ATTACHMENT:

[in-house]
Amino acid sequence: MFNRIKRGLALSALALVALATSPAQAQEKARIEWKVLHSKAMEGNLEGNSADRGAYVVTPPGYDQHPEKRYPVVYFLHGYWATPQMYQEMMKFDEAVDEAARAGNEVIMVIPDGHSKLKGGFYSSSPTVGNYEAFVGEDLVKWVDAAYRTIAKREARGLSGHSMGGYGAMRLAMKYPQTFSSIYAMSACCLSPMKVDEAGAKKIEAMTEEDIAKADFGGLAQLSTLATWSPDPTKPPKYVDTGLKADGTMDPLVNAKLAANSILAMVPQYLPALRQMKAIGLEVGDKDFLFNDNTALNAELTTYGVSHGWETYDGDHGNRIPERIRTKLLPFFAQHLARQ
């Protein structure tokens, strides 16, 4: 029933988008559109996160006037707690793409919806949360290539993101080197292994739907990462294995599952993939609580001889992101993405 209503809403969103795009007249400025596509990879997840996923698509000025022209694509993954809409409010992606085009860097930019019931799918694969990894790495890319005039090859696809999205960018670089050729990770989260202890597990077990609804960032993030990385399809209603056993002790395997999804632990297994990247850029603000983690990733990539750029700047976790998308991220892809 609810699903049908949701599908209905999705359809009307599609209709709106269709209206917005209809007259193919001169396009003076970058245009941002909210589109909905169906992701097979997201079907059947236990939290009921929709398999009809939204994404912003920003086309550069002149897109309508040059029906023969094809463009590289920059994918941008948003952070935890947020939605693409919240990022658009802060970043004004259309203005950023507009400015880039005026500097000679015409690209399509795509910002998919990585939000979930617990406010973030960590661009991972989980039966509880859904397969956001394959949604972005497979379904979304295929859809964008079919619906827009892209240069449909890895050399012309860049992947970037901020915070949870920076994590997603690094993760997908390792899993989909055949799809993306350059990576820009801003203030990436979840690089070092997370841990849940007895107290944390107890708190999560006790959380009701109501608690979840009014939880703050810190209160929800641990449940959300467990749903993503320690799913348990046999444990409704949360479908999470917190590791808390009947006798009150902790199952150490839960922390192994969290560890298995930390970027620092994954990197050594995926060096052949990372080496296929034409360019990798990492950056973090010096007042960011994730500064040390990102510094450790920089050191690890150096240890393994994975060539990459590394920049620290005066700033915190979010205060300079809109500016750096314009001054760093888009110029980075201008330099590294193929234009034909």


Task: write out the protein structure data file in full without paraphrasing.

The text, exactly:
[in-house]
Amino acid sequence: MFNRIKRGLALSALALVALATSPAQAQEKARIEWKVLHSKAMEGNLEGNSADRGAYVVTPPGYDQHPEKRYPVVYFLHGYWATPQMYQEMMKFDEAVDEAARAGNEVIMVIPDGHSKLKGGFYSSSPTVGNYEAFVGEDLVKWVDAAYRTIAKREARGLSGHSMGGYGAMRLAMKYPQTFSSIYAMSACCLSPMKVDEAGAKKIEAMTEEDIAKADFGGLAQLSTLATWSPDPTKPPKYVDTGLKADGTMDPLVNAKLAANSILAMVPQYLPALRQMKAIGLEVGDKDFLFNDNTALNAELTTYGVSHGWETYDGDHGNRIPERIRTKLLPFFAQHLARQ
């Protein structure tokens, strides 16, 4: 029933988008559109996160006037707690793409919806949360290539993101080197292994739907990462294995599952993939609580001889992101993405 209503809403969103795009007249400025596509990879997840996923698509000025022209694509993954809409409010992606085009860097930019019931799918694969990894790495890319005039090859696809999205960018670089050729990770989260202890597990077990609804960032993030990385399809209603056993002790395997999804632990297994990247850029603000983690990733990539750029700047976790998308991220892809 609810699903049908949701599908209905999705359809009307599609209709709106269709209206917005209809007259193919001169396009003076970058245009941002909210589109909905169906992701097979997201079907059947236990939290009921929709398999009809939204994404912003920003086309550069002149897109309508040059029906023969094809463009590289920059994918941008948003952070935890947020939605693409919240990022658009802060970043004004259309203005950023507009400015880039005026500097000679015409690209399509795509910002998919990585939000979930617990406010973030960590661009991972989980039966509880859904397969956001394959949604972005497979379904979304295929859809964008079919619906827009892209240069449909890895050399012309860049992947970037901020915070949870920076994590997603690094993760997908390792899993989909055949799809993306350059990576820009801003203030990436979840690089070092997370841990849940007895107290944390107890708190999560006790959380009701109501608690979840009014939880703050810190209160929800641990449940959300467990749903993503320690799913348990046999444990409704949360479908999470917190590791808390009947006798009150902790199952150490839960922390192994969290560890298995930390970027620092994954990197050594995926060096052949990372080496296929034409360019990798990492950056973090010096007042960011994730500064040390990102510094450790920089050191690890150096240890393994994975060539990459590394920049620290005066700033915190979010205060300079809109500016750096314009001054760093888009110029980075201008330099590294193929234009034909």